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article imageNobel Peace Prize winner wants to revolutionize aid spending

By Andrew Moran     Oct 2, 2010 in Business
Montreal - Bangladeshi economist and Nobel Peace Prize winner, Muhammad Yunus, has a suggestion for the government of Canada, which could change the way governments around the world provide foreign aid: A fraction of aid could be dedicated to "social business."
For decades, governments and international bodies have distributed aid to countries around the world the same way: Food, security and financial aid. Is there a new way that could successfully develop a nation that needs aid? The father of microcredit and microfinancing does.
Bangladeshi Nobel Peace Prize winner, Muhammad Yunus, is suggesting that the government of Canada should spend between 10 and 15 percent of its foreign aid money on what is called "social business," which could recoup the money, according to the Chronicle Herald.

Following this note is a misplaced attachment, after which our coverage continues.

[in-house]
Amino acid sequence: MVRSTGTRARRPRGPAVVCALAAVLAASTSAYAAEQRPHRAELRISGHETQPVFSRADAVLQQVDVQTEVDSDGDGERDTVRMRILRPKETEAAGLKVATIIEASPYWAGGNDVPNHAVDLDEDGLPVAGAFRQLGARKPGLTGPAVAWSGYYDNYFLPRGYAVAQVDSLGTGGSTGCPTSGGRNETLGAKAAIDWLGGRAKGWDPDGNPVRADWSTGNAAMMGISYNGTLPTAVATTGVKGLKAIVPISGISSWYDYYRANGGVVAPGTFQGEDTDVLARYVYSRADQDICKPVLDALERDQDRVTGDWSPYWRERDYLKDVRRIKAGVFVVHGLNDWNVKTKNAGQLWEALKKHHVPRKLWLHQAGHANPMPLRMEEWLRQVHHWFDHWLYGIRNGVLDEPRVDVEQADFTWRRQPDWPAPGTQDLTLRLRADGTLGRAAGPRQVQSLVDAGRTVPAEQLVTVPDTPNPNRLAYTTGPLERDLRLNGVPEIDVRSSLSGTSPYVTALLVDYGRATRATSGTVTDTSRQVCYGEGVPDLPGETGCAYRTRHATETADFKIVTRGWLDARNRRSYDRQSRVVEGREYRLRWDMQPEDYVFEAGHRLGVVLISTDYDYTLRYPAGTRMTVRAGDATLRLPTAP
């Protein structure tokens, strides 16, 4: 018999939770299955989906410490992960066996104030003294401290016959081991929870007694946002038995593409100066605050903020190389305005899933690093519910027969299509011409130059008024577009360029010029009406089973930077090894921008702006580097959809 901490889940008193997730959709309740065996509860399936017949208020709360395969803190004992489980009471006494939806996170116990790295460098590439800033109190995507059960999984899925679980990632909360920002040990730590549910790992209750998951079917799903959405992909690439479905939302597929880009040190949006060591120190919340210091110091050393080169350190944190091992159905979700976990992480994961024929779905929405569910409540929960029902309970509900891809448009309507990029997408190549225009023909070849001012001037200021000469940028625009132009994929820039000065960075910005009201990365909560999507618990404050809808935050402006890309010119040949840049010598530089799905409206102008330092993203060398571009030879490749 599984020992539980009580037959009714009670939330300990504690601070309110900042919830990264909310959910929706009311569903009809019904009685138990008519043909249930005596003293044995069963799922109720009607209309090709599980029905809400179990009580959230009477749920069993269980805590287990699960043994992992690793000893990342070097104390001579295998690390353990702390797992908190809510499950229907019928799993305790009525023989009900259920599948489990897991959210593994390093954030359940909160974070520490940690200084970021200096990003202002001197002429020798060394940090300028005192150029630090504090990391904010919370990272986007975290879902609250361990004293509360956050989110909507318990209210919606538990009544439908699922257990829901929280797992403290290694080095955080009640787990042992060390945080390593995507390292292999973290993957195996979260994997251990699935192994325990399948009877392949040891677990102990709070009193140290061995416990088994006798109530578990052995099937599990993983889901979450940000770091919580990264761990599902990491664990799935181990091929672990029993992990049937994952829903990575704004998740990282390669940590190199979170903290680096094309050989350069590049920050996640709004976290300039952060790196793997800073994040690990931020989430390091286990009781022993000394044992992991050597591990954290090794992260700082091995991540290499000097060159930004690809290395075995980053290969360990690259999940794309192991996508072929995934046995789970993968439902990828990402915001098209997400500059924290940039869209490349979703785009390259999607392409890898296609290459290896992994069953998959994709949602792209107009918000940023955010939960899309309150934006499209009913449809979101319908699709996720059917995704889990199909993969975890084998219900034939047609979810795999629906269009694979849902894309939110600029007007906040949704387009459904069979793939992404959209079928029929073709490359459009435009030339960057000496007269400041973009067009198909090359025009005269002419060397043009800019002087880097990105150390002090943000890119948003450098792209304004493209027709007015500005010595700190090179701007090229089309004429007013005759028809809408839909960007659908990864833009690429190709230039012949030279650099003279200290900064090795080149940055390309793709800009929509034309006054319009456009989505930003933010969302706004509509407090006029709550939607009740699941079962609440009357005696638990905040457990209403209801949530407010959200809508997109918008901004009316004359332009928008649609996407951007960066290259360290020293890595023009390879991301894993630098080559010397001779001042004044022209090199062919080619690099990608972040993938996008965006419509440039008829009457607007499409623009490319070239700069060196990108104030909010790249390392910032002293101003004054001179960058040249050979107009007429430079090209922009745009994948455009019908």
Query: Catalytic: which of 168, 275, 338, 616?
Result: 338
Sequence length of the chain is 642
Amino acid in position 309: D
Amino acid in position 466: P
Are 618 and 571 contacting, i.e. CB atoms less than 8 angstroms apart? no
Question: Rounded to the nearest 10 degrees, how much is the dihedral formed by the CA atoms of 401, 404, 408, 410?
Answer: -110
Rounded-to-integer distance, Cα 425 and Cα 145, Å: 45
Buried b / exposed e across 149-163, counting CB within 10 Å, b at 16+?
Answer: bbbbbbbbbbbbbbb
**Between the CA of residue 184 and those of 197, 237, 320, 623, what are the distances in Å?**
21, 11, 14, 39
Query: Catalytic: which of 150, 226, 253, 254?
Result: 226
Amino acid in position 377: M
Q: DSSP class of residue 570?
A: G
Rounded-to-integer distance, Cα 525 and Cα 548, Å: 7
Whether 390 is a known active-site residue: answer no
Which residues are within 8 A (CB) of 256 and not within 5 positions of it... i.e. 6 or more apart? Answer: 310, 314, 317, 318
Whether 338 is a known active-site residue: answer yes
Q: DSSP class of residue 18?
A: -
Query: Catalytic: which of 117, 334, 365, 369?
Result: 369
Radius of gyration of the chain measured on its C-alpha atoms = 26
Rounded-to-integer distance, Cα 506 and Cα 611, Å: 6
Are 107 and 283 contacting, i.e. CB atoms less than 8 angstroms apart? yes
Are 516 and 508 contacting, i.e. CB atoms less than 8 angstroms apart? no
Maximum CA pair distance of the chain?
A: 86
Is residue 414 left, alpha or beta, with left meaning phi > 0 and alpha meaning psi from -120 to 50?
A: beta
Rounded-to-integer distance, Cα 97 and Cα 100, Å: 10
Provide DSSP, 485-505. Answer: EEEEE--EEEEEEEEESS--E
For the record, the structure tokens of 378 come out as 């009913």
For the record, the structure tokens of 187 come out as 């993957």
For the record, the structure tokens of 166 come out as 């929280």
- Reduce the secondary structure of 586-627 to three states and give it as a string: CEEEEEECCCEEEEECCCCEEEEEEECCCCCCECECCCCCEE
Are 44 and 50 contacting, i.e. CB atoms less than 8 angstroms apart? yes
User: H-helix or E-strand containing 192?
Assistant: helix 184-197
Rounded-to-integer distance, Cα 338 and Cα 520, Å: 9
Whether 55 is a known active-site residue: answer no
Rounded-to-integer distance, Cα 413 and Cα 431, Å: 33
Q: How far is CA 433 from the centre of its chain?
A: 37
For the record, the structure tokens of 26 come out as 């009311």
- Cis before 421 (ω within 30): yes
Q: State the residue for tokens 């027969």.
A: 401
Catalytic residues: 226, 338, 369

“It would be good use of the money rather than giving the money and not knowing what happens . . . or knowing it won't come back to you,” said the prominent economist at a press conference in Montreal, reports The Canadian Press. “They have created a social-business fund for Bangladesh for the money they (already) donate to Bangladesh. If it works in Bangladesh, they'll take this idea to other countries also. After all, they (already) give the money every year and Japan is sometimes the biggest donor in the country.”
What is a social business? It is a for-profit business that attempts to make an impact on the community, or region, by fixing social problems. Yumus notes that they are significantly different than charities because they are taxpaying, revenue generating and self-sustaining organizations.
“You're not giving people (the) option so they're always putting in money to make money. If you give the option, you'll be amazed at the response you'll get and some of them (money managers) are taking it seriously.”
In the end, Yumus is hopeful that Canada will be open to the idea in a similar way that Japan’s public officials have: “Canada always had a very open-minded foreign aid agency. They are receptive to ideas. I hope Canada will pick it up.”
The government of Canada spends $5 billion out of its $280 billion annual budget on foreign aid.
More about Muhammad yunus, Foreign aid, Nobeal peace prize
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